Health, work and spirituality values predict attendance at pelvic floor muscle training sessions
Patient life values have been shown to influence outcomes in several healthcare contexts, but the impact of these beliefs on pelvic floor muscle (PFM) training (PFMT) is unknown. To investigate this topic, the nature of life values in women with pelvic floor dysfunction, and the relationship of these beliefs with their attendance at PFMT sessions, were assessed in two prospective observational studies. Consecutively referred adult females with pelvic floor dysfunction were recruited at a women’s health physiotherapy clinic in the urogynaecological outpatient unit of a UK hospital. The attendance of two cohorts of patients at sessions of a 6-month PFMT programme was monitored, and their values were measured using either the Personal Values Questionnaire II (cohort 1) or the Life Values Inventory (cohort 2). Additionally, the participants’ PFM strength was measured using the modified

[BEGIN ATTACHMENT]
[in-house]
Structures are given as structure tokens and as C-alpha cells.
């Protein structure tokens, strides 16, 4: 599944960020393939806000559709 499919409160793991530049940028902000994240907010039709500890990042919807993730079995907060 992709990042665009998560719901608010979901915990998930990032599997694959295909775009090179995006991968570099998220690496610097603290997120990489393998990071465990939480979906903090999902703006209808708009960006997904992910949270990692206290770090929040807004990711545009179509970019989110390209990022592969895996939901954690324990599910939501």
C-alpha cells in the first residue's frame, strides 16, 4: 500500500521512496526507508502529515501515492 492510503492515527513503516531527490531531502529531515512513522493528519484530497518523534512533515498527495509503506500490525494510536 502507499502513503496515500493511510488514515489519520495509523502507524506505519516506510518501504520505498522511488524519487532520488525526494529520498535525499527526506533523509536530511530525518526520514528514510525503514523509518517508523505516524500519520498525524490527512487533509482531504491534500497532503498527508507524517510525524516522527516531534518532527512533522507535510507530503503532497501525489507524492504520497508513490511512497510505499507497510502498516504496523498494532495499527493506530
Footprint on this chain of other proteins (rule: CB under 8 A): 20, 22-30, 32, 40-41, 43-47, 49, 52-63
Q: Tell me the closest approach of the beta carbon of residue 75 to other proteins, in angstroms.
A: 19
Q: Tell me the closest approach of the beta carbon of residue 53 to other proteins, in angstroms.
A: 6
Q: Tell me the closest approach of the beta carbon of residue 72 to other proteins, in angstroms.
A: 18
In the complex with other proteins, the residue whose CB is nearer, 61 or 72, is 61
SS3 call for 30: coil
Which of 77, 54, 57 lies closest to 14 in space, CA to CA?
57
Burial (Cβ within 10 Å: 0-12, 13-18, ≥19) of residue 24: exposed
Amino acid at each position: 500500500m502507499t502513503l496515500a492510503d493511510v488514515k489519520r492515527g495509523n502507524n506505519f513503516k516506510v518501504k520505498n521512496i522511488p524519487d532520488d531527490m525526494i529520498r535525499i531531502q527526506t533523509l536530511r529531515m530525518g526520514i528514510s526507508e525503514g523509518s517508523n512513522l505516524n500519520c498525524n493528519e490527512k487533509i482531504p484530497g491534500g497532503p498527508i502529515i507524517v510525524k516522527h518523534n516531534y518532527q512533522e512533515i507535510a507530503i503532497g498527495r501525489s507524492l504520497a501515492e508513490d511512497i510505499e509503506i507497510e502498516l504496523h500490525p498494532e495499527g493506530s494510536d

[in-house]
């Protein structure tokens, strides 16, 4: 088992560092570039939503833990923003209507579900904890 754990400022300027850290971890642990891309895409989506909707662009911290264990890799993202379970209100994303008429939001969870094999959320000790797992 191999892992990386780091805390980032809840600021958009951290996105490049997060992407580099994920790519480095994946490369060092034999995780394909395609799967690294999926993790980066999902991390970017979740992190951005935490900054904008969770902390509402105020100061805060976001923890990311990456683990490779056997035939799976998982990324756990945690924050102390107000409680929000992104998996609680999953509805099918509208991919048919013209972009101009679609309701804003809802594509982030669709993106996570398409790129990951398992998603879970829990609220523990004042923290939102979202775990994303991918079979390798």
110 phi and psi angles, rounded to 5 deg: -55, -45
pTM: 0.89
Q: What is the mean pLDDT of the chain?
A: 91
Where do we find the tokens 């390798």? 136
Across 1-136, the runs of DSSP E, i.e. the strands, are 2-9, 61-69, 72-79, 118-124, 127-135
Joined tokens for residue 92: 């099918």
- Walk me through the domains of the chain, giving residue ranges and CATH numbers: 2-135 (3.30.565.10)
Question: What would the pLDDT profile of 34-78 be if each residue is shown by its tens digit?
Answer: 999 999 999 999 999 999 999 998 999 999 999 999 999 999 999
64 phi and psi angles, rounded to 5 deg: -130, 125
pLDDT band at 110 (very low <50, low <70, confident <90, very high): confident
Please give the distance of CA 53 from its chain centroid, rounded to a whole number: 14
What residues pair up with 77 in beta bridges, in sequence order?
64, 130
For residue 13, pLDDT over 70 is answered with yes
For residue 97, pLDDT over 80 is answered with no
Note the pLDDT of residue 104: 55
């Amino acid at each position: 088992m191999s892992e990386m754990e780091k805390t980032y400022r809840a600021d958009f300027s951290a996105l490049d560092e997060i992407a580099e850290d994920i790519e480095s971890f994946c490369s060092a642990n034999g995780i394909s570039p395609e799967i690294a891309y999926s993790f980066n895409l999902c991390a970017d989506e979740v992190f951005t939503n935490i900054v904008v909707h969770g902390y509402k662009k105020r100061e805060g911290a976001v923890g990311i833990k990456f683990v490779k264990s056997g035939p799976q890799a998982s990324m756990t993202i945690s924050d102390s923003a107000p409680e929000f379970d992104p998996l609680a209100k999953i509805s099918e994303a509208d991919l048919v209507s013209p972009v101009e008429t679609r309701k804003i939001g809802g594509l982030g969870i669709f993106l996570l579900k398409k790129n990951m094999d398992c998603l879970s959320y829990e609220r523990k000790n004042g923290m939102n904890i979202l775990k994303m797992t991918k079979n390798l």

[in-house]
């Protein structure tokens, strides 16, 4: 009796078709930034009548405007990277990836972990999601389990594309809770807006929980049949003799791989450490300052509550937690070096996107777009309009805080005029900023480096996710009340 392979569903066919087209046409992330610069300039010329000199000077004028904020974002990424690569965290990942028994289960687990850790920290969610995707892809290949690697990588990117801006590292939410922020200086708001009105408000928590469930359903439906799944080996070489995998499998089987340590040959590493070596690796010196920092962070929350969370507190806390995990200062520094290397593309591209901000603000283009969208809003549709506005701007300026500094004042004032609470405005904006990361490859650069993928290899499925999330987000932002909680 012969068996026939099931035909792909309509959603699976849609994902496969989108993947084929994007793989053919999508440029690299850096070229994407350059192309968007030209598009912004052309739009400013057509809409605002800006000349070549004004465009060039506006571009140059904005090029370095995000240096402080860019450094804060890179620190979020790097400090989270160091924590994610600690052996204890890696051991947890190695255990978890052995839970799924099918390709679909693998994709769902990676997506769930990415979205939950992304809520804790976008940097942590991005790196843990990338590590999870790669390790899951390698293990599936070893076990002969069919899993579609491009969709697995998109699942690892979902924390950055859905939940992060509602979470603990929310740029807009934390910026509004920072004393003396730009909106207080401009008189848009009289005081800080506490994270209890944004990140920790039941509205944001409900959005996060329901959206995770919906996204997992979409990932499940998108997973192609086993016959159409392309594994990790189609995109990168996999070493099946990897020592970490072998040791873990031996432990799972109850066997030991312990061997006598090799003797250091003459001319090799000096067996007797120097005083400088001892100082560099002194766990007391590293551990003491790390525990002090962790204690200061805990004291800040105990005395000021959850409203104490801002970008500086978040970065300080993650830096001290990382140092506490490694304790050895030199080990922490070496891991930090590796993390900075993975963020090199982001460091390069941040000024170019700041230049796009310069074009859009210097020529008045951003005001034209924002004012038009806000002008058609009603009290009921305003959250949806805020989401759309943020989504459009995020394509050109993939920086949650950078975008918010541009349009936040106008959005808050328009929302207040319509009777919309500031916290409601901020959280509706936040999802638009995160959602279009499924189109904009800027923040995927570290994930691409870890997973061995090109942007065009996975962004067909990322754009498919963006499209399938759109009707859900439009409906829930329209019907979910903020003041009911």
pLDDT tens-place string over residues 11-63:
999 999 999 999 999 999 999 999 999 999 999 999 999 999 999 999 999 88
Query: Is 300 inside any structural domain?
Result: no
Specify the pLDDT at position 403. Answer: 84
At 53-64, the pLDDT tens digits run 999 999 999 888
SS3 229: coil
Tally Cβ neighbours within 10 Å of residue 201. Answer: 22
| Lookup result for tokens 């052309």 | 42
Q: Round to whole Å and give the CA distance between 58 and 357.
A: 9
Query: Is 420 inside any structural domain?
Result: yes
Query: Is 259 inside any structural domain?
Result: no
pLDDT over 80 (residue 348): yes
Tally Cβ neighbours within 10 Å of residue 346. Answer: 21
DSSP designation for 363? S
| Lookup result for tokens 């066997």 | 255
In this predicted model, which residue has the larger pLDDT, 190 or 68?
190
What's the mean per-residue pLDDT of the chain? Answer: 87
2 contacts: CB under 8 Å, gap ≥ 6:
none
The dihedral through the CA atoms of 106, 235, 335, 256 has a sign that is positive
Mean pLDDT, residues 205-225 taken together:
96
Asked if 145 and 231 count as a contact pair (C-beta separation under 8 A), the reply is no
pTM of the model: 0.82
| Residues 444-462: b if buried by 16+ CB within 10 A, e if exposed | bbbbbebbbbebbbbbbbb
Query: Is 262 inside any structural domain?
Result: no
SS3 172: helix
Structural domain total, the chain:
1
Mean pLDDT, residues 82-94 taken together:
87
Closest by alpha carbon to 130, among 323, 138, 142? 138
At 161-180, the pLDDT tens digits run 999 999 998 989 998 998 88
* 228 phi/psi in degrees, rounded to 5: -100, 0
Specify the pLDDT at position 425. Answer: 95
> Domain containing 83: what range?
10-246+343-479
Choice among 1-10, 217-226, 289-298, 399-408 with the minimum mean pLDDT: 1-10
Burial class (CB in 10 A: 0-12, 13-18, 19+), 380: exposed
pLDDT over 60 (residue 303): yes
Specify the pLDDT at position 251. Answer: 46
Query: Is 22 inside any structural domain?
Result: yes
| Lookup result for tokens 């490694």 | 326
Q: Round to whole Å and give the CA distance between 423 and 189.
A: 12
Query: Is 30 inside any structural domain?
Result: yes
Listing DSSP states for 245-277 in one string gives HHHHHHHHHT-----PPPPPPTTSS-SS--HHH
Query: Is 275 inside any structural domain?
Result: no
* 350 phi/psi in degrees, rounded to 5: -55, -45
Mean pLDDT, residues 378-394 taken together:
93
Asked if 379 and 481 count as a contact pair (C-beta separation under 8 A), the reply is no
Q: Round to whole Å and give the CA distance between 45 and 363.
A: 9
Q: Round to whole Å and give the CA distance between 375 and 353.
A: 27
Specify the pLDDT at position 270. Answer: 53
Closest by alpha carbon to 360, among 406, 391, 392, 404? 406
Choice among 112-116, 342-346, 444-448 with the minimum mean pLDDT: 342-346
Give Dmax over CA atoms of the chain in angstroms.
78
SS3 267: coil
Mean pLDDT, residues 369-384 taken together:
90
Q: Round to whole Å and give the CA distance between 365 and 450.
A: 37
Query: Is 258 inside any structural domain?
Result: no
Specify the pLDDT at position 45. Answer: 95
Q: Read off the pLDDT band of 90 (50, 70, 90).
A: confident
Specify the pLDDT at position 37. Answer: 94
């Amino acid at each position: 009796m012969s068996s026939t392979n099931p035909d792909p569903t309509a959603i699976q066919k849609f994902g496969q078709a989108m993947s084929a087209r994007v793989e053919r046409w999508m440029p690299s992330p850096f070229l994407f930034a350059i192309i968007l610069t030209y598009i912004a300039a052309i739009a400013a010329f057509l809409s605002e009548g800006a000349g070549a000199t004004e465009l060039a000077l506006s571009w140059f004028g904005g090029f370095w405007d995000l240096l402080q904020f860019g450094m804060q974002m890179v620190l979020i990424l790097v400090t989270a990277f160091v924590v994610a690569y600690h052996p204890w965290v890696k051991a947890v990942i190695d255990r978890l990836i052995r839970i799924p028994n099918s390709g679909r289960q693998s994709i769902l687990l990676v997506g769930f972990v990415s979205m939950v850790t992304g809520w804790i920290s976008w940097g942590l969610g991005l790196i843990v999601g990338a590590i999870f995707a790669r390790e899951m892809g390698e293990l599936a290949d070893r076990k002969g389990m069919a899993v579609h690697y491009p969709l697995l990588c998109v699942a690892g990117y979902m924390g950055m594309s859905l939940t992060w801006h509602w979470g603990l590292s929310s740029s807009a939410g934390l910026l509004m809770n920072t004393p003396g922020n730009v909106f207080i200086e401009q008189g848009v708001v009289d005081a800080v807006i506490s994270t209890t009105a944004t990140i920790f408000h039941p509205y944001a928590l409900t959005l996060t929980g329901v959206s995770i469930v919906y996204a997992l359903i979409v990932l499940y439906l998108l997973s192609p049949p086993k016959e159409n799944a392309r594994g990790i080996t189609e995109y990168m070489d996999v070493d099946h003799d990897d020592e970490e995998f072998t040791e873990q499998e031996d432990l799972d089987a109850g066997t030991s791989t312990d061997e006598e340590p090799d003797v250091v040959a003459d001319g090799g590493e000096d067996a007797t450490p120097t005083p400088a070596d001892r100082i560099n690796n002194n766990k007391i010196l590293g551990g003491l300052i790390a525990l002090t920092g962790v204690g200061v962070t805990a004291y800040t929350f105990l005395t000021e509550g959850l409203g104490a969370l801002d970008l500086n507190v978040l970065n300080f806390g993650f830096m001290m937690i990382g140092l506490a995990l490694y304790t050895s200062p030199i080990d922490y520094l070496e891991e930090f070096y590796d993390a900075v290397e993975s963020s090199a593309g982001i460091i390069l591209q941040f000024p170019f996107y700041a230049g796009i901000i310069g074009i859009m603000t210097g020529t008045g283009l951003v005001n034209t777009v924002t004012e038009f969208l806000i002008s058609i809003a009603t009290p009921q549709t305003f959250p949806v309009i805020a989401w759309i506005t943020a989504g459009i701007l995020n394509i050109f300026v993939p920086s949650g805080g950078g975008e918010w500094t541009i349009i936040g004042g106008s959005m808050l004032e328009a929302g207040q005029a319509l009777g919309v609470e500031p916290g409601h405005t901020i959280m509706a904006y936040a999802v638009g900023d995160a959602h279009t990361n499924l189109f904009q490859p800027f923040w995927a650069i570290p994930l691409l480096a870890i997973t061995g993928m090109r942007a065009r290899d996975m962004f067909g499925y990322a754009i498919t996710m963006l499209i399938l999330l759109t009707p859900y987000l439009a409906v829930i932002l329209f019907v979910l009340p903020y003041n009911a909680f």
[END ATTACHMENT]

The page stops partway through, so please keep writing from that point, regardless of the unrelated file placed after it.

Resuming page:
Oxford scale and the Queensland Female Pelvic Floor Questionnaire. Although patients in both cohorts reported that their relationships with their family and friends were the most important aspects of their lives, it was health, work/achievement and spiritual values that predicted attendance at the PFMT sessions. Patient values have an impact on physiotherapy adherence, and should be considered in future assessment/screening procedures.
Keywords: patient attendance, social values, spirituality, urinary incontinence.